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World celebrates Aung San Suu Kyi's 65th birthday while under house arrest for 5349 days

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June 19, 2010 is an important day as far as Burma/Myanmar is concerned. Although it will be observed in silence in repressive Burma, it underlines the status of The Lady and raises again the reality that she is central to the development of democracy in Burma. The day marks the 65th birthday of Nobel Peace Laureate and Burma's democracy icon Aung San Suu Kyi.

The birthday celebration may be a silent affair in Burma, but people around the world are launching the 65th Grand Birthday Party of the Nobel laureate of Burma to show that they all are standing together with her for free Burma.

The Steel Lady, her resolve nobody can steal, would have spent 5349 days under house arrest on her 65th birthday that day. This is the third term of her house arrest.

For the vast majority of Burmese, The Lady possesses the true spirit of her father, Burma's national hero General Aung San. From him, she inherited the backbone she has become famous for and the traditional obligations of conciliation and mutual respect. She has toiled relentlessly on the task of building democratic Burma and has given up her own liberty in the interests of her fellow Burmese.

For Burma, there can be no proper consideration of a democratic system while she, and some 2,200 fellow political leaders remain isolated from the political culture and languish in prisons of the junta. Her service is the epitome not only of a leader of a nation, but of the very basic tenets of freedom and democracy itself. It is the richest irony that she, as arguably one of the freedom icons of our generation, is subjected to such treatment while the dictatorial military talks of democracy to the world and to its people.

All in Burma are aware that Aung San Suu Kyi's historic exemplars eventually achieved their goals. Both Mahatma Gandhi and her father General Aung San took their nations from colonialism to independence, forging a foundation of an open society along the way.

From Gandhi she takes her commitment to non-violence, from her father she draws the power of integrity that takes shape in what she calls "profound simplicity". Although these spiritual and political figureheads are significant, Aung San Suu Kyi has her own political ideology that orbits a central commitment to defending human rights and human dignity at all times.

In her famous book, "Freedom from Fear," she argues fearlessness is the core of her political thinking. She says it is not power that corrupts but fear. Fear of losing power corrupts those who exercise it. Fear of the scourge of power corrupts those who are subject to it. Fearlessness is the best reaction to state violence.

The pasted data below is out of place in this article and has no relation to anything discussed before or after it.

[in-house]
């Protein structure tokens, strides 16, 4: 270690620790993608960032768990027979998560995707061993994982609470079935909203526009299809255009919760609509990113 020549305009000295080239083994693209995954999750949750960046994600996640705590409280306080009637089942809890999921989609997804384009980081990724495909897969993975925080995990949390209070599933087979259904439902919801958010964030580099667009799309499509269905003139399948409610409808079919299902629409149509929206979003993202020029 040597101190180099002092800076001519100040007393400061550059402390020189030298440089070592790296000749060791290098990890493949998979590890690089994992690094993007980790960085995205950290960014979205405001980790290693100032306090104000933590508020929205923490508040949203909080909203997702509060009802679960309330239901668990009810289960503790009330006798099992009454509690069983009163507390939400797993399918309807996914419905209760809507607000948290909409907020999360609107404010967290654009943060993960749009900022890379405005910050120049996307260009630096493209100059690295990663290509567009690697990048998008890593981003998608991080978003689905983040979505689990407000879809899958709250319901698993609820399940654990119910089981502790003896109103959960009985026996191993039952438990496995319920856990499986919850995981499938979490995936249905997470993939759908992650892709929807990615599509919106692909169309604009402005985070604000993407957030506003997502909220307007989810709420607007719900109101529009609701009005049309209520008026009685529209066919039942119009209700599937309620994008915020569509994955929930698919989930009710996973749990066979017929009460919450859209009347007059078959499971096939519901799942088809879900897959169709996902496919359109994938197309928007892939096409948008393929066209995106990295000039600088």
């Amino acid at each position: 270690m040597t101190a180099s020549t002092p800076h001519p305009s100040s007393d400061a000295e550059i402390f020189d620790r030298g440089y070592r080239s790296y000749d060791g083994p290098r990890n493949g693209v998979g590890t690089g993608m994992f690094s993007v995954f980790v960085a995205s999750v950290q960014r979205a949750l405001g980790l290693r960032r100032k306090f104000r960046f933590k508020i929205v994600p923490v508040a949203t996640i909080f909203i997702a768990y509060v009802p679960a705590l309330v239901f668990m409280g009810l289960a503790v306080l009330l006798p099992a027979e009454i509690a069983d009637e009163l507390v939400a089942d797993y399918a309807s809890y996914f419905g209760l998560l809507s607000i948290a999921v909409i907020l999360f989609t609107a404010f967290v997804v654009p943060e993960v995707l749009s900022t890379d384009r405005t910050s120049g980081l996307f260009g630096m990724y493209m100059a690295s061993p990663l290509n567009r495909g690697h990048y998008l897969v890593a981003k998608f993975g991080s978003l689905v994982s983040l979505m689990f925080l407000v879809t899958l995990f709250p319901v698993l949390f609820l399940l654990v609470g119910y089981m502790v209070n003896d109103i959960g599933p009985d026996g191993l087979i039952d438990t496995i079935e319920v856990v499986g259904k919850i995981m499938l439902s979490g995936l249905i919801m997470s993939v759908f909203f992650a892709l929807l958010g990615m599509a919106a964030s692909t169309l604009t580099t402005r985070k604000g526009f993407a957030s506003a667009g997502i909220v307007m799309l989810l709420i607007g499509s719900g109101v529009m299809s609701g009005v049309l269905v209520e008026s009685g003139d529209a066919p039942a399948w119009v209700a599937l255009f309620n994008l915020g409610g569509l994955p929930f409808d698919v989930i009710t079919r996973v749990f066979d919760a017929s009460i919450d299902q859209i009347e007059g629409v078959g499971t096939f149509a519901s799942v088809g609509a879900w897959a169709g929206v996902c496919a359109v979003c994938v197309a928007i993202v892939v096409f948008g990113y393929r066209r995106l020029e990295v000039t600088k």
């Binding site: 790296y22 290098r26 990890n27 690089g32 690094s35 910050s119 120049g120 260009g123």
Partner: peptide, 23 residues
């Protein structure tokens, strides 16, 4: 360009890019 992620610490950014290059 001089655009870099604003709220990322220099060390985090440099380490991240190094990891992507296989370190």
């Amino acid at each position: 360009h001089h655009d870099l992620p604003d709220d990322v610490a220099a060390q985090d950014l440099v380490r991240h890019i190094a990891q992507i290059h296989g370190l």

In conclusion she writes, "Truth, justice and compassion are often the only bulwarks against ruthless power".

With such qualities, it is clear that Burma needs Aung San Suu Kyi. Moreover, the region and the world need her. Burma, a strategically and economically important state, is already facing failed state status and peers over the edge of complete oblivion and chaos under the incompetence of the generals.

For the regime, Aung San Suu Kyi is seen as a force that can stop their dictatorial power. Yet, some even in the military must be thinking she is their only chance at a sustainable exit strategy for they know she will not engage in recrimination or revenge. The key issue between the Lady and the generals is how to rebuild the country - a genuine federal union or a namesake union. The Lady grantees the ethnic nationalities' political aspirations of a true federal union that will allow self determination with liberty, justice and equality. The generals totally oppose it. That's why the ethnic groups and parties including ceasefire and non-ceasefire forces strongly support Aung San Suu Kyi except Burmese military dictators.

She is also the only real leader who can gain the immediate support of the international community and be the catalyst for rebuilding Burma. It may be that it is not just those in the democracy movement who recognize her as the sole savior of the state of Burma.

If generals analyze the situation with intelligence and foresight not qualities they have displayed in the past it has to be admitted, they might arrive at the conclusion that her release is vital for their own future.

If, on the other hand, the junta fails to accept a "tripartite dialogue' between itself, ethnic groups and the National League for Democracy, it will surely bring down the regime together with its farcical seven-step roadmap.

Burma's generals must, therefore, order the immediate release of the Lady and all political prisoners in favor of national reconciliation. It is a rare confluence of views that have seen the international community from the United Nations Security Council, the United States, the European Union, and the ASEAN taking the same view on the question of Aung San Suu Kyi.

The UN, the EU and the ASEAN must urge China to cooperate in finding a solution to release The Lady. Regional players should urge the military regime to abandon its recalcitrant and counter-intuitive anti-dialogue policies in the interests of dialogue and reconciliation.

To succeed in establishing a win-win equation, the military must recognize Daw Aung San Suu Kyi as the ideal, indeed, the only relevant, dialogue-partner for national reconciliation in Burma.

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Zin Linn was born on February 9, 1946 in a small town in Mandalay Division. He began writing poems in 1960 and received a B.A (Philosophy) in 1976. He became an activist in the High School Union after the students' massacre on 7th July 1962. (more...)

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